Photo by Evan Pappas/Staff Photo                                Community members gather around a map to discuss their opinions on where the future aquatics center should be located during the February public meeting.

Photo by Evan Pappas/Staff Photo Community members gather around a map to discuss their opinions on where the future aquatics center should be located during the February public meeting.

Si View Metro Parks make progress on aquatics facility plan

Si View Metro Parks is expecting the Aquatics Center Feasibility Study to be finished in August.

Over the past several years, residents of North Bend and the Snoqualmie Valley have made their desire for an aquatics facility well known. In an effort to meet that need, Si View Metropolitan Parks District began an aquatics center feasibility study early this year.

Now that study is nearing completion.

The feasibility study detailing the projected construction of an aquatics facility in the district is expected to be finished in late August.

Public meetings were held in February and April to collect feedback on what residents of the parks district wanted to see in an aquatics facility. Hundreds of people attended the events, and even more submitted responses to an official online survey asking for feedback.

Minna Rudd, Si View’s recreation manager, said the district received more than 900 responses to the survey alone. Those outreach efforts, she said, were led by Patano Consulting who worked to collect information about what types of services are needed or asked for, and then used that data to form a feasibility plan.

With the information gathered from the meetings, the consultants created three possible options for a potential building to take. The Si View Metro Parks board ultimately chose the “middle-size” plan as its preferred option.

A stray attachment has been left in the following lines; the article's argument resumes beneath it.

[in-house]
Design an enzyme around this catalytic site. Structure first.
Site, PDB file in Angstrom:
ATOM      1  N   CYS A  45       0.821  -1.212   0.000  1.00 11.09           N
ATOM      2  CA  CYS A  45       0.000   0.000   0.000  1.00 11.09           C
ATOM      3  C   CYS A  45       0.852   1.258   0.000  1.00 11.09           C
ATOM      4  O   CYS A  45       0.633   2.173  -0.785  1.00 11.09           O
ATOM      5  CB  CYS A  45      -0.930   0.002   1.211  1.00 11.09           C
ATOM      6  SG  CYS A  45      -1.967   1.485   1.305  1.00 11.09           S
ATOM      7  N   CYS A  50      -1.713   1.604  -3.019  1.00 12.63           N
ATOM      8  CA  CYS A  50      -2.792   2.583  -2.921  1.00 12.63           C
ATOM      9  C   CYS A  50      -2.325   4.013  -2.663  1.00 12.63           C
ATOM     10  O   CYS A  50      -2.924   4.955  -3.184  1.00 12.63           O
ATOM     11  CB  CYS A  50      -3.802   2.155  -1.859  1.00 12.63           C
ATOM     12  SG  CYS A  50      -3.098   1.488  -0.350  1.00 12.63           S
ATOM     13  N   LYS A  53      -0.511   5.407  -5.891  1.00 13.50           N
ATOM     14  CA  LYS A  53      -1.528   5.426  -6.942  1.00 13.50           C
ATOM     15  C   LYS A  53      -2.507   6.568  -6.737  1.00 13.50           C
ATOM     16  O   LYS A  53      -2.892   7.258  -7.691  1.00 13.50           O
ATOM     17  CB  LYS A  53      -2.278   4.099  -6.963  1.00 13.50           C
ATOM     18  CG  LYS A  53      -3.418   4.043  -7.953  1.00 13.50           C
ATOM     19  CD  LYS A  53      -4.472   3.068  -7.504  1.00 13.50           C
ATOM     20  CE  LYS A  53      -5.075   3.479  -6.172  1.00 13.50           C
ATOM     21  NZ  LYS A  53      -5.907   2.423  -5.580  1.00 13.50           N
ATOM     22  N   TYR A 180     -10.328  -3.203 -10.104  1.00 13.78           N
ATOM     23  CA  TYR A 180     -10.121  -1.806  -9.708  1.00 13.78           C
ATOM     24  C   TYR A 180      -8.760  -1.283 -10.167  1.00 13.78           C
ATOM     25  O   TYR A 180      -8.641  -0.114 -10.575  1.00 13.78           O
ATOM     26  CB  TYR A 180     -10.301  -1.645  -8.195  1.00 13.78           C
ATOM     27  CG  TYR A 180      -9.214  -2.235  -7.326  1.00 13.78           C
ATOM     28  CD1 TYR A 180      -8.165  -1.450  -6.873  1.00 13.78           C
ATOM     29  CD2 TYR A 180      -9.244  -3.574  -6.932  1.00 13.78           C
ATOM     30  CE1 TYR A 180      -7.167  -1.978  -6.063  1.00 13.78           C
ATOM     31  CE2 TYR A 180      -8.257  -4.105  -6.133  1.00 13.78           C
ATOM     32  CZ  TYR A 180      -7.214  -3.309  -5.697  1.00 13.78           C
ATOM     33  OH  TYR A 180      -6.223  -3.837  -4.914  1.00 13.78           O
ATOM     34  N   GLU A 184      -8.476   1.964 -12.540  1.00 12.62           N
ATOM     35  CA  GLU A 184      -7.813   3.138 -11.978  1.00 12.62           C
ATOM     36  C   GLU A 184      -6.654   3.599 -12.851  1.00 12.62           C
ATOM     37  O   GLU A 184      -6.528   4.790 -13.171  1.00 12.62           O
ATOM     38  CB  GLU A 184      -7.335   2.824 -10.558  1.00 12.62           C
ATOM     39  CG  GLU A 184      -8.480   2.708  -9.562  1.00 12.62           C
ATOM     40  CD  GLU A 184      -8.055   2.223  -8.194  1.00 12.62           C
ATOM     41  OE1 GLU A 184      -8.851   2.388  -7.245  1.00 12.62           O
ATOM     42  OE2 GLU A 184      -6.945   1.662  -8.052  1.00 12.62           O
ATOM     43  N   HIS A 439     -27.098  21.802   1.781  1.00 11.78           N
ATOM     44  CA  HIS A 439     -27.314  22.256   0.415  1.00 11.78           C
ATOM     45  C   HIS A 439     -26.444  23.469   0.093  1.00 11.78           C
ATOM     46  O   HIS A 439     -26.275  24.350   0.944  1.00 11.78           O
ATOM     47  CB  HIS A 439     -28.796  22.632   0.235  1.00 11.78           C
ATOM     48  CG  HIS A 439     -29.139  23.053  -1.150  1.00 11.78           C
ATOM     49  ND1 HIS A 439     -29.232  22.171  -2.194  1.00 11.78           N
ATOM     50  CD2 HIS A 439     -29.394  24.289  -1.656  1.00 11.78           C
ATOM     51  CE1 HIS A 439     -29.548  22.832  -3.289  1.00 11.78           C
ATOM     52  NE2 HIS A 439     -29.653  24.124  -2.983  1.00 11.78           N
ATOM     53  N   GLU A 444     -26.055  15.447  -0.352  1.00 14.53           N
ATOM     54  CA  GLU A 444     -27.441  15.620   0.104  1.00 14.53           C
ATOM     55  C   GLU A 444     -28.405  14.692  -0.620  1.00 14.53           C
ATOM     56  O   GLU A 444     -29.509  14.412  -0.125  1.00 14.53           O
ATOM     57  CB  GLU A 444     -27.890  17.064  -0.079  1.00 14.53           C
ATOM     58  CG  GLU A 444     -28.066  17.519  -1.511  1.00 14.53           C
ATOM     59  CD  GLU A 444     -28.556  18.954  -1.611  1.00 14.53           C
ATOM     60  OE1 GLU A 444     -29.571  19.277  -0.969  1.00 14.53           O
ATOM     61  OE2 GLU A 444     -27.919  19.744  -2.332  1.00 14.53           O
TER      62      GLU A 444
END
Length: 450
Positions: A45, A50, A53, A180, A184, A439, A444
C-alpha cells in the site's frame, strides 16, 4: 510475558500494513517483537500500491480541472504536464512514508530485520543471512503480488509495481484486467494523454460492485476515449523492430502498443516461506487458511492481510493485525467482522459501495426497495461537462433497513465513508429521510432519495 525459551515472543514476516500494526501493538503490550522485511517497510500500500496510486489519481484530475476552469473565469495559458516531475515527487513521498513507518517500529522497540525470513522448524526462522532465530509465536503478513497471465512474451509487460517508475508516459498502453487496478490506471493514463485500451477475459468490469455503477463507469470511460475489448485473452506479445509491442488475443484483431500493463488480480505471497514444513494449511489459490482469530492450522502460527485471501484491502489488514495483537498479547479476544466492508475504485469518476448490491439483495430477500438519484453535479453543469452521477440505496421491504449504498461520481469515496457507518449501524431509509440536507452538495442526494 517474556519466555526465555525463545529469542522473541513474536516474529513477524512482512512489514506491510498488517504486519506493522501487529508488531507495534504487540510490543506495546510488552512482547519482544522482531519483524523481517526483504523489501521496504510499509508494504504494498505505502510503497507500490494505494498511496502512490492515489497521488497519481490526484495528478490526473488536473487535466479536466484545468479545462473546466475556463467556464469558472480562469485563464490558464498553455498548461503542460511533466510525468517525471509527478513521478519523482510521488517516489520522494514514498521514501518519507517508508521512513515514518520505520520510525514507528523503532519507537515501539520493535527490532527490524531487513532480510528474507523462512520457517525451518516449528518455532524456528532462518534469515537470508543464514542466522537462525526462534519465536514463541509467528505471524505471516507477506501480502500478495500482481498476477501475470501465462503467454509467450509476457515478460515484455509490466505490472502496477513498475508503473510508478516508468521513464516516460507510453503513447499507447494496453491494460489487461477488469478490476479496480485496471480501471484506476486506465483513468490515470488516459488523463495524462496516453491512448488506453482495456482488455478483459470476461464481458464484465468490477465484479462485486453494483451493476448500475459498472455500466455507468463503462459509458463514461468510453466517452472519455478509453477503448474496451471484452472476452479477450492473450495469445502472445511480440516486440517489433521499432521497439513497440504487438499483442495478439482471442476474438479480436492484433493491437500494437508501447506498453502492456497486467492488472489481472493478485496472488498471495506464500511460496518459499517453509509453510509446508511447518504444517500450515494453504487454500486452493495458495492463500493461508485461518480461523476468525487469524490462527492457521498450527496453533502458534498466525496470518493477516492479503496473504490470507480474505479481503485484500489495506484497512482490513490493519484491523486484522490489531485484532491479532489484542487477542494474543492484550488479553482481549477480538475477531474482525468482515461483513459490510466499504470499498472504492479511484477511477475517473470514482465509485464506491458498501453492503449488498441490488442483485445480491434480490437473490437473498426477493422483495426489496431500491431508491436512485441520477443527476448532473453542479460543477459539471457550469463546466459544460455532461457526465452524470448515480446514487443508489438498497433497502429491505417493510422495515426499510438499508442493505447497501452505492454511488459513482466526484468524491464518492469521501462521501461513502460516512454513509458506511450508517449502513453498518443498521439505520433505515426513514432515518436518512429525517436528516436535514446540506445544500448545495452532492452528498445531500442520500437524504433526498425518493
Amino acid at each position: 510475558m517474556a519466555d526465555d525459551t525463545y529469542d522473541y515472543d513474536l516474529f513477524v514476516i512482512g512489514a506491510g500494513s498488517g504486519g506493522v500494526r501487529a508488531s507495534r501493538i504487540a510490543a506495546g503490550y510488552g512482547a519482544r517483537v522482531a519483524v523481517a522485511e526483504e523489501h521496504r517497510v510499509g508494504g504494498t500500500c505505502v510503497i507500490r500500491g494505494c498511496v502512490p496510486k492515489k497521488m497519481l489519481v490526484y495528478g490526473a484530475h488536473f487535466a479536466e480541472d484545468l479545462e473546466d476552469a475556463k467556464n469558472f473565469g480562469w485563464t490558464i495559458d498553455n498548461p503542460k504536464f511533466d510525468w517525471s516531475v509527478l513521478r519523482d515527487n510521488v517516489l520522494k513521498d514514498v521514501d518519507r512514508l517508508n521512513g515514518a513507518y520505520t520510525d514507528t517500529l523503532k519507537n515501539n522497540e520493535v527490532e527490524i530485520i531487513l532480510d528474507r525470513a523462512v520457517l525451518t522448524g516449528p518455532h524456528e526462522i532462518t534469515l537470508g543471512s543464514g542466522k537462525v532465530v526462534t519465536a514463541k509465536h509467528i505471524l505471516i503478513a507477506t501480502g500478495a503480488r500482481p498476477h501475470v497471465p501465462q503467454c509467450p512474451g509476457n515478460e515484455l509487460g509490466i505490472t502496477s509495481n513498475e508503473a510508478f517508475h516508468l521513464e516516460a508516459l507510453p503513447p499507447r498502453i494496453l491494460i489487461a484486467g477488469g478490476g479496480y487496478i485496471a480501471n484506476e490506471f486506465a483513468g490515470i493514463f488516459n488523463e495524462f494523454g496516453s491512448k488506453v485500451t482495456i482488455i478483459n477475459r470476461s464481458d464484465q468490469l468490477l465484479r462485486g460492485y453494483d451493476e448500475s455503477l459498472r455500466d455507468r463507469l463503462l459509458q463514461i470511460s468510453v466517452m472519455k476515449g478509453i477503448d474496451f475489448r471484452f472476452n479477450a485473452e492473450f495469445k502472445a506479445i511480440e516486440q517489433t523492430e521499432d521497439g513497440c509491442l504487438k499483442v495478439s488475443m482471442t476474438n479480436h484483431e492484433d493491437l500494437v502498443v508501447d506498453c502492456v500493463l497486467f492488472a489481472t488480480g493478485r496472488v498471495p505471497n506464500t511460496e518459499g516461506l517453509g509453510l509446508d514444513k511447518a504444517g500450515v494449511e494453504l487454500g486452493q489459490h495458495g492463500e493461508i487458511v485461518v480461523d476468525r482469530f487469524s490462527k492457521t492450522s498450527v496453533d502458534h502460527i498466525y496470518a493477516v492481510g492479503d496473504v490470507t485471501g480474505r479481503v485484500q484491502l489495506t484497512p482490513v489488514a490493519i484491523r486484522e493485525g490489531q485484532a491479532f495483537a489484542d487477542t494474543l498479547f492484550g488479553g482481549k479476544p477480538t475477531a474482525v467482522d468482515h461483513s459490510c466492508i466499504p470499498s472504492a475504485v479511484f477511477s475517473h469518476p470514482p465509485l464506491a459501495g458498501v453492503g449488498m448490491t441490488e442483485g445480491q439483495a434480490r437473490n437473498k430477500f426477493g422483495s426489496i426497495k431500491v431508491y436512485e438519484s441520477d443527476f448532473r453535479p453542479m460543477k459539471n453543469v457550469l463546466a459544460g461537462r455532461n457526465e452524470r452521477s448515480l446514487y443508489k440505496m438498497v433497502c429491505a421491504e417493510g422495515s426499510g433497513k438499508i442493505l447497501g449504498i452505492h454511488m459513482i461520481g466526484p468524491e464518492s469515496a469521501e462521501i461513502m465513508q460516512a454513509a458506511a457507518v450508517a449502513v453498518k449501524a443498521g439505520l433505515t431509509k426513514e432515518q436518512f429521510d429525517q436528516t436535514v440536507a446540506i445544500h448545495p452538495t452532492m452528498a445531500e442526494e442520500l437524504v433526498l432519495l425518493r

The preferred option, also known as option 2, would include a recreation pool, a six-lane competitive pool with spectator capacity for 80 people, deep water diving, play features for youth, and areas for water aerobics. The proposed concept also includes rentable space for private events and open recreation space for “dry” programming.

The minimum required site size for option 2 is 132,000 total square-feet. The site must provide space for a 46,000 square-foot building, 150 parking spaces at 60,000 square-feet, and 22,000 square-feet of open space.

Travis Stombaugh, executive director of Si View Metro Parks District, said the district is also looking at two potential locations that could fit the footprint required by the project.

“However, one is within our district boundaries and one is outside, but very close,” he said. “…Also we are going to be doing traffic studies at both sites.”

Discussions are underway with other organizations on potential partnerships to help bring the project to fruition once the feasibility study is complete.

The effort to work on an aquatics facility in the Si View Metro Parks district is also running parallel to the city of Snoqualmie’s similar effort to include aquatics services at the YMCA. Stombaugh said there have been some discussions with the city about avoiding duplicating services. Stombaugh also said the discussions with Snoqualmie have been about location and how it would operate.

“Those are the main discussions we’ve been having — if the city builds a pool for the YMCA (our facility) wouldn’t duplicate it, it would compliment it,” he said. “We want to try to maximize the resources in the Upper Valley. We don’t want to duplicate anything. The first priority would be try to see if we could come together with a mutual plan, (but) if that can’t happen let’s make sure we are on the same page with duplication and providing more services.”


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